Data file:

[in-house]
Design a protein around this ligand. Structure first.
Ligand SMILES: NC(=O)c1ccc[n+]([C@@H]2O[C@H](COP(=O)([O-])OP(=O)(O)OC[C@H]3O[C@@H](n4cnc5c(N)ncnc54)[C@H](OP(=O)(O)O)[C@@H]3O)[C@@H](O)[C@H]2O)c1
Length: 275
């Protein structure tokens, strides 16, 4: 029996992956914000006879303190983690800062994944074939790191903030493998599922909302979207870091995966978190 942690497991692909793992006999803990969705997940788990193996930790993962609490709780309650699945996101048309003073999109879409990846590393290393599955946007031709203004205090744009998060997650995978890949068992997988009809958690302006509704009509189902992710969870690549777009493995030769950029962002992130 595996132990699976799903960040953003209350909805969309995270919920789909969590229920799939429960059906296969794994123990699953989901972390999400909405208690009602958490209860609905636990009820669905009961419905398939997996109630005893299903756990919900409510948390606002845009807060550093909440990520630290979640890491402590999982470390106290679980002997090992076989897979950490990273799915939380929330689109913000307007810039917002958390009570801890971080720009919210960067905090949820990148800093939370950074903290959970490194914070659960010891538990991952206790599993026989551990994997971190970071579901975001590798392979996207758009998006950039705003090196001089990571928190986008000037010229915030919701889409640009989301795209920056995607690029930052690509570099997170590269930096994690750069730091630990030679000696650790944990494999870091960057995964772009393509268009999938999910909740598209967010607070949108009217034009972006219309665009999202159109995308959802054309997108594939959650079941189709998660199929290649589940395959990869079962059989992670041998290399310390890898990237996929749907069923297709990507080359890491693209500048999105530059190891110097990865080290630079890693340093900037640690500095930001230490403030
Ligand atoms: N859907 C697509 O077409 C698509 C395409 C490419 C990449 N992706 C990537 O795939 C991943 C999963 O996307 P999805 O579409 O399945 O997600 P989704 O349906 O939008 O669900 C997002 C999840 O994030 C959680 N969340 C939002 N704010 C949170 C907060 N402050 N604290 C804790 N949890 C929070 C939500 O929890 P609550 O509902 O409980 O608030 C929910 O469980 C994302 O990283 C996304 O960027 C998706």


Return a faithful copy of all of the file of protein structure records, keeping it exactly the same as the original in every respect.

[in-house]
Design a protein around this ligand. Structure first.
Ligand SMILES: NC(=O)c1ccc[n+]([C@@H]2O[C@H](COP(=O)([O-])OP(=O)(O)OC[C@H]3O[C@@H](n4cnc5c(N)ncnc54)[C@H](OP(=O)(O)O)[C@@H]3O)[C@@H](O)[C@H]2O)c1
Length: 275
């Protein structure tokens, strides 16, 4: 029996992956914000006879303190983690800062994944074939790191903030493998599922909302979207870091995966978190 942690497991692909793992006999803990969705997940788990193996930790993962609490709780309650699945996101048309003073999109879409990846590393290393599955946007031709203004205090744009998060997650995978890949068992997988009809958690302006509704009509189902992710969870690549777009493995030769950029962002992130 595996132990699976799903960040953003209350909805969309995270919920789909969590229920799939429960059906296969794994123990699953989901972390999400909405208690009602958490209860609905636990009820669905009961419905398939997996109630005893299903756990919900409510948390606002845009807060550093909440990520630290979640890491402590999982470390106290679980002997090992076989897979950490990273799915939380929330689109913000307007810039917002958390009570801890971080720009919210960067905090949820990148800093939370950074903290959970490194914070659960010891538990991952206790599993026989551990994997971190970071579901975001590798392979996207758009998006950039705003090196001089990571928190986008000037010229915030919701889409640009989301795209920056995607690029930052690509570099997170590269930096994690750069730091630990030679000696650790944990494999870091960057995964772009393509268009999938999910909740598209967010607070949108009217034009972006219309665009999202159109995308959802054309997108594939959650079941189709998660199929290649589940395959990869079962059989992670041998290399310390890898990237996929749907069923297709990507080359890491693209500048999105530059190891110097990865080290630079890693340093900037640690500095930001230490403030
Ligand atoms: N859907 C697509 O077409 C698509 C395409 C490419 C990449 N992706 C990537 O795939 C991943 C999963 O996307 P999805 O579409 O399945 O997600 P989704 O349906 O939008 O669900 C997002 C999840 O994030 C959680 N969340 C939002 N704010 C949170 C907060 N402050 N604290 C804790 N949890 C929070 C939500 O929890 P609550 O509902 O409980 O608030 C929910 O469980 C994302 O990283 C996304 O960027 C998706």